Frederick Charles Chabot, diplomat and historian, was born in San Antonio on May 11, 1891. He was the son of Charles Jasper and Pauline Minter (Waelder) Chabot. After graduating from San Antonio High School in 1909 (with the "highest honors any graduate had received up to that time," according to his obituary), he embarked upon studies overseas at the Sorbonne and the University of Berlin, where he focused on music and languages.
After returning to Texas, he had a brief career as a concert pianist and organist. He also apparently tried his hand in the insurance and real estate businesses, as well as doing historical research in 1915–16. Perhaps because his grandfather, George S. Chabot, had served in the British Foreign Service, Chabot decided to prepare for a career in the State Department by attending classes at George Washington University in Washington. In 1917 he found his first government employment working for the Library of Congress; by April of that year he was performing duties as a special agent of the Department of Justice.
In June 1917 he embarked upon his career in the diplomatic service. During the next eight years he moved from posting to posting-Paris, Athens, Sofia, Rio de Janeiro, San Salvador, San José, and finally, in 1923, Caracas. His service in the diplomatic corps was not smooth: he had conflicts with superiors, was reprimanded several times for infractions of State Department rules, and, while serving in San Salvador, was arrested by local officials on what appeared to be trumped-up charges of being drunk and disorderly. His last chance for saving his diplomatic career had been in Caracas, but his poor and sometimes incoherent reports from the field eventually moved the State Department to ask him to resign or face being fired. Despite protests that he was a victim of "Republican politics," Chabot tendered his resignation in December 1924.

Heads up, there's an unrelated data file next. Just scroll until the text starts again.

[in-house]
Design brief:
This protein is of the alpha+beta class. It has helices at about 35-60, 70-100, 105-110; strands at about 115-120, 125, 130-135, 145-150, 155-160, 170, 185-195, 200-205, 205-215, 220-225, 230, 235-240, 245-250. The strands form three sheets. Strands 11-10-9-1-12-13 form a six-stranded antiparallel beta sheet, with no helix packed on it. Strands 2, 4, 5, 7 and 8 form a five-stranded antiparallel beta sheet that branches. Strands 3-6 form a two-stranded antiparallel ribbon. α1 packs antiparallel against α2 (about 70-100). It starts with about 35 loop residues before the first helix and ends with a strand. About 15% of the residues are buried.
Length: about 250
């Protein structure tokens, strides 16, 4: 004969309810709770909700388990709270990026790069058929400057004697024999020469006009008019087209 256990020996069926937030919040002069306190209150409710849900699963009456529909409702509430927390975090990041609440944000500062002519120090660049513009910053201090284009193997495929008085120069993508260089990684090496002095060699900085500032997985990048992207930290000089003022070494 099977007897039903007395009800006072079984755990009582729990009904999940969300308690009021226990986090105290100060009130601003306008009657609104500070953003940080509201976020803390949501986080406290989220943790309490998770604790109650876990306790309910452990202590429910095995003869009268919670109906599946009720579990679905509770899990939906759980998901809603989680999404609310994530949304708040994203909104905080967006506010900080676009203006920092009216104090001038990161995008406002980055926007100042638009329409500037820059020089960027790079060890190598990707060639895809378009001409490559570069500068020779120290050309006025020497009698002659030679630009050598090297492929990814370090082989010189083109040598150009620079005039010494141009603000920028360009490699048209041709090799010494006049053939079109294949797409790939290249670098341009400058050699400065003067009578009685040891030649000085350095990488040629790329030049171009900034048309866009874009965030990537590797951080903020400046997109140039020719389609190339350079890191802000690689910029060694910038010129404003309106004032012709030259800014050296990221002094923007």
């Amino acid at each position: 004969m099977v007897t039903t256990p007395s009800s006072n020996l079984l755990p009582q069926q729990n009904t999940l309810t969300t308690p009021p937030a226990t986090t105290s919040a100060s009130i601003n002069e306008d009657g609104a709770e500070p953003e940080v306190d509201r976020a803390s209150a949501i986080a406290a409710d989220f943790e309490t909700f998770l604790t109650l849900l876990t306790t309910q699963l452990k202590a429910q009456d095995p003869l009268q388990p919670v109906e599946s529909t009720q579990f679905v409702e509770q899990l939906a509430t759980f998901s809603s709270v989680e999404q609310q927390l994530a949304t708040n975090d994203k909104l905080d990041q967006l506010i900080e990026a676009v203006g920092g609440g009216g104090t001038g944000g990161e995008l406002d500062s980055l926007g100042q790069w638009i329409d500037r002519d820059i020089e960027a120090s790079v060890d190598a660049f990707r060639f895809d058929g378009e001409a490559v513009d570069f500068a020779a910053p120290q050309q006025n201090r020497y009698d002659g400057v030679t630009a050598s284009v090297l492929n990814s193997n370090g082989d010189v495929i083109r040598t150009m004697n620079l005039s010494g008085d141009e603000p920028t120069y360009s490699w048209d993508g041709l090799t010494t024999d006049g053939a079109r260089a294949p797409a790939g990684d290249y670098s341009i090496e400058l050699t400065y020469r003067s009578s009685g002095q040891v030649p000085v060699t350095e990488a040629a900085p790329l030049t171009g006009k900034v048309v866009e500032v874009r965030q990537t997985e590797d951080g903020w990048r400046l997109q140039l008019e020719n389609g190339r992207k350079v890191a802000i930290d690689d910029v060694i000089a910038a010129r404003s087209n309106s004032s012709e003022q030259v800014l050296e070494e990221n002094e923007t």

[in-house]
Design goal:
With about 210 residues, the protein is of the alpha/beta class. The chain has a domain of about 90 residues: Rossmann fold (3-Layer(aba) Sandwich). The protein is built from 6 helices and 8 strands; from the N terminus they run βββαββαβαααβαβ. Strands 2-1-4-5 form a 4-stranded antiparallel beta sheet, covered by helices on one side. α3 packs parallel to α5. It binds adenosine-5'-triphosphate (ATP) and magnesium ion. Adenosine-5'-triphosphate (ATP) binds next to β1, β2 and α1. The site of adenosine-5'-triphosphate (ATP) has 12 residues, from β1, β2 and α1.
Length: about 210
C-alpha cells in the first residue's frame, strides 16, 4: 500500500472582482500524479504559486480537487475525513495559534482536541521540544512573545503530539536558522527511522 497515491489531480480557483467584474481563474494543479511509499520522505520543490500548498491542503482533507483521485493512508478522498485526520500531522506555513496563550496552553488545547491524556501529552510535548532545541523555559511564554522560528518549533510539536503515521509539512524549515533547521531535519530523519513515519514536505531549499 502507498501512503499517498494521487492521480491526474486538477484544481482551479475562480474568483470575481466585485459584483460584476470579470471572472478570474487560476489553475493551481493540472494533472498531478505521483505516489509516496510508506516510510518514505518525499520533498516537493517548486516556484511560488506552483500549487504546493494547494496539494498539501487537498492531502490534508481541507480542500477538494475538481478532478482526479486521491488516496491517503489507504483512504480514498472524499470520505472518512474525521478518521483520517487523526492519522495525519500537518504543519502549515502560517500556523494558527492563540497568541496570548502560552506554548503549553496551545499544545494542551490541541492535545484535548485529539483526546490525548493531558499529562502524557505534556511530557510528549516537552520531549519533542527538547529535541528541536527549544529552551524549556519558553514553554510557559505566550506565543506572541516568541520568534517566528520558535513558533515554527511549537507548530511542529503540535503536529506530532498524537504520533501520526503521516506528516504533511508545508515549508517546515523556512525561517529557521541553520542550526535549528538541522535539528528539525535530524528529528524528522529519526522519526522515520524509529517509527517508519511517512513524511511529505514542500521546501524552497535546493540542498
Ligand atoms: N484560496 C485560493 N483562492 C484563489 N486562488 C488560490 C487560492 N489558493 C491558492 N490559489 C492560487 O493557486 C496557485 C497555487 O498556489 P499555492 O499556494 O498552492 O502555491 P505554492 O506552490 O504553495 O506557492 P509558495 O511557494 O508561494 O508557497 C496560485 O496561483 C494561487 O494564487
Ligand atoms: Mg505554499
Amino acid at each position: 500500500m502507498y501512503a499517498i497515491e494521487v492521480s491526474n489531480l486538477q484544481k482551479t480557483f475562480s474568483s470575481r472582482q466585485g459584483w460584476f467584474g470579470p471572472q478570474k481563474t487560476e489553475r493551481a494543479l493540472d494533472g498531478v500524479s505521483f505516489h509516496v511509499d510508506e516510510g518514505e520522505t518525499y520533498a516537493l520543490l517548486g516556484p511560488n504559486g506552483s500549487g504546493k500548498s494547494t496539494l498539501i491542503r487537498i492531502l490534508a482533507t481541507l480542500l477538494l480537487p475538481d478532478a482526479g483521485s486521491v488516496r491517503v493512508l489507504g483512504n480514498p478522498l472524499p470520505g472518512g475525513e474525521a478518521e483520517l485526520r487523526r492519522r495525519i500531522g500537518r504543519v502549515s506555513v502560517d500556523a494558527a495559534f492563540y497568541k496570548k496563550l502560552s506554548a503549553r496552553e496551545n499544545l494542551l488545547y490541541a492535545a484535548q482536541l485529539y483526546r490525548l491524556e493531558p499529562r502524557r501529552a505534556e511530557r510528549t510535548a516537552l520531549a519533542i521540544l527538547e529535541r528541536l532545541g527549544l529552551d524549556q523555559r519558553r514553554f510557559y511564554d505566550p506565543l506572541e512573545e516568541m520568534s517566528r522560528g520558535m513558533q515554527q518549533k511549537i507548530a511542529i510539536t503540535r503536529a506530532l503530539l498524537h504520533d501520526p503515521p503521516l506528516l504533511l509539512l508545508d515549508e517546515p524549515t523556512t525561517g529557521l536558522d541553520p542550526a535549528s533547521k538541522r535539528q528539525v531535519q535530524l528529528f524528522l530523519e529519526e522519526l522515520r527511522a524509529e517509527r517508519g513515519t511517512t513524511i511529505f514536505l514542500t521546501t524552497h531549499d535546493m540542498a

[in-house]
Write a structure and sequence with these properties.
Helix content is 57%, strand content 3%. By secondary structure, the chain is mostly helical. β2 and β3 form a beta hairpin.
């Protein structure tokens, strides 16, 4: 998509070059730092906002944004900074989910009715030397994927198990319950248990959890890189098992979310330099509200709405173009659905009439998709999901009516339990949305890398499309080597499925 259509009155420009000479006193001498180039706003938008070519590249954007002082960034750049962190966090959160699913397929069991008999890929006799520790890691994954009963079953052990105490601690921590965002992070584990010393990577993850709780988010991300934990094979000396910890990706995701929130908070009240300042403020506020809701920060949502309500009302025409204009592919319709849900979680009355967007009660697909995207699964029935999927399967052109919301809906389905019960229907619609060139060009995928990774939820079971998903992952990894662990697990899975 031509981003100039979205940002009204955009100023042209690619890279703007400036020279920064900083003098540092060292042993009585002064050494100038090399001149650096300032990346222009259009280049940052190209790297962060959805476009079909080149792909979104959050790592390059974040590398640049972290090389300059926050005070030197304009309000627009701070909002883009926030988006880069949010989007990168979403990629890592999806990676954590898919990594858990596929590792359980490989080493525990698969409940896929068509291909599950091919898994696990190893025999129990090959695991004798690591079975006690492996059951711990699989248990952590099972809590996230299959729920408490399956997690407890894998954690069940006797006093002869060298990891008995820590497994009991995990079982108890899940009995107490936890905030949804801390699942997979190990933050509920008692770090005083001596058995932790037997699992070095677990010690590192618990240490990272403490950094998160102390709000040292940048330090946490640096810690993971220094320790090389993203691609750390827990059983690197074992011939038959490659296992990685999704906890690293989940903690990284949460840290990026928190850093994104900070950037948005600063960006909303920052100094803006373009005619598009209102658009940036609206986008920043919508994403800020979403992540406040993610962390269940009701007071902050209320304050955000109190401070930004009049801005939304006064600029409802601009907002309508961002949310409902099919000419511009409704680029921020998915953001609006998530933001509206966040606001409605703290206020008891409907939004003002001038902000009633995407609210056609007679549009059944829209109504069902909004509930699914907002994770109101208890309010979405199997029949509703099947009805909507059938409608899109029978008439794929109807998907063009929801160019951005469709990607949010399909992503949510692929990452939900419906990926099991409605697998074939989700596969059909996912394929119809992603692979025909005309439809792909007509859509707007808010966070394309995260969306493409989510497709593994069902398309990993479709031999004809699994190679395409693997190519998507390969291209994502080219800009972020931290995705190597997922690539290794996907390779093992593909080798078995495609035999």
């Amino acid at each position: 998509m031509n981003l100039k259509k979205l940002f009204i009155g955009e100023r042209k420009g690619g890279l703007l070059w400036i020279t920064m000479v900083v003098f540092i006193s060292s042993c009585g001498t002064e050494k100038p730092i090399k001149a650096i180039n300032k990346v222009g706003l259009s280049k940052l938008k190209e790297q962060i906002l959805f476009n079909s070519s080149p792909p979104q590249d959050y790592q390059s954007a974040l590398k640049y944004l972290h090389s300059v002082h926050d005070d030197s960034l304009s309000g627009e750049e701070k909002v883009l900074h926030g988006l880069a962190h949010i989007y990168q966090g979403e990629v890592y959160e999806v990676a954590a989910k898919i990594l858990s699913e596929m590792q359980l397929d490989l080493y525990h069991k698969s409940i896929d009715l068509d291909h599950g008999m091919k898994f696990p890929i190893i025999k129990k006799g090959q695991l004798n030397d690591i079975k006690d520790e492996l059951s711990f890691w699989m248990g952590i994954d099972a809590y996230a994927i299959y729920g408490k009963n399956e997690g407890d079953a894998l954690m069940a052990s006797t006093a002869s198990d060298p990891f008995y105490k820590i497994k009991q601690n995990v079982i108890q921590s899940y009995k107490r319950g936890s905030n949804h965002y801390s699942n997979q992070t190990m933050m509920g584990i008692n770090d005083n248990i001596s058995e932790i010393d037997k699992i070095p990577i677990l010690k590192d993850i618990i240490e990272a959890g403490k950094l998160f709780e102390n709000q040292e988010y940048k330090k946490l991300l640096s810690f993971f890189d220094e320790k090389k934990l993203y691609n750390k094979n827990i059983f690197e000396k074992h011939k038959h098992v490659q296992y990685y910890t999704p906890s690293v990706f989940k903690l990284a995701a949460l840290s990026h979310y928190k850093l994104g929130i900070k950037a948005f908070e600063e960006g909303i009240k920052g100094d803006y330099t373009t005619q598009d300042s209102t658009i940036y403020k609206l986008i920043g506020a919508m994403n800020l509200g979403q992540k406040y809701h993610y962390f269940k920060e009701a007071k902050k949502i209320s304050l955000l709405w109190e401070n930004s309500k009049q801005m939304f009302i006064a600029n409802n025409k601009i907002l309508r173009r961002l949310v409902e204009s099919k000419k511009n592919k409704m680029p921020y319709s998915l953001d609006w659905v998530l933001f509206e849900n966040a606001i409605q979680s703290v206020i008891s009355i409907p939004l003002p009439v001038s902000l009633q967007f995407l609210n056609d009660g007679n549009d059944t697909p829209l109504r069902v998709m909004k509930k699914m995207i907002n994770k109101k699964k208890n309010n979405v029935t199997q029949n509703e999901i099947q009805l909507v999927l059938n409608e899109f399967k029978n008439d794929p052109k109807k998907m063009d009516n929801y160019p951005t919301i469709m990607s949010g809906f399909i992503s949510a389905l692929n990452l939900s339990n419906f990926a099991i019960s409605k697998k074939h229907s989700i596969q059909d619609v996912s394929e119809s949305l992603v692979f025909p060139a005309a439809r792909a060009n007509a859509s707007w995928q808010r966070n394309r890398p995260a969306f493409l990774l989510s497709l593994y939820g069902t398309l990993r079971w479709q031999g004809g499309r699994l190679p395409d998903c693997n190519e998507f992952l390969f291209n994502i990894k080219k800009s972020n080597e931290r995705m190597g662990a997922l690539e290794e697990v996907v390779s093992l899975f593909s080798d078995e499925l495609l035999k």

After returning to Texas he made a more positive contribution in the field of historical research. He published his first book, The Alamo, Altar of Texas Liberty, in 1931, and continued his writing and research on Texas and Mexican history for the remainder of his life. Through the auspices of the Yanaguana Society, founded by Chabot in 1933 and devoted to promoting the study of Texas history, he published and edited a number of brief books on a variety of topics. His most notable works are With the Makers of San Antonio (1937); Excerpts from the Memorias for the History of Texas, by Father J. A. Morfi (1932), a translation of those parts of Juan A. Morfi's work that dealt with Indians in Texas; and Texas in 1811, a translation done in 1941. He also contributed articles dealing with the history of Texas to a local newspaper, the San Antonio Light. Other significant contributions made by Chabot include his locating thirteen original paintings by Theodore Gentilz, which were later placed in the Alamo, helping in the restoration of La Villita and San José Mission in San Antonio, and compiling an album entitled Pictorial Sketch of Mission San José (1935). Chabot died of uremic poisoning while on a research trip to Mexico on January 18, 1943, and was buried in San Luis Potosí. At the time of his death, he had been preparing four more books for publication.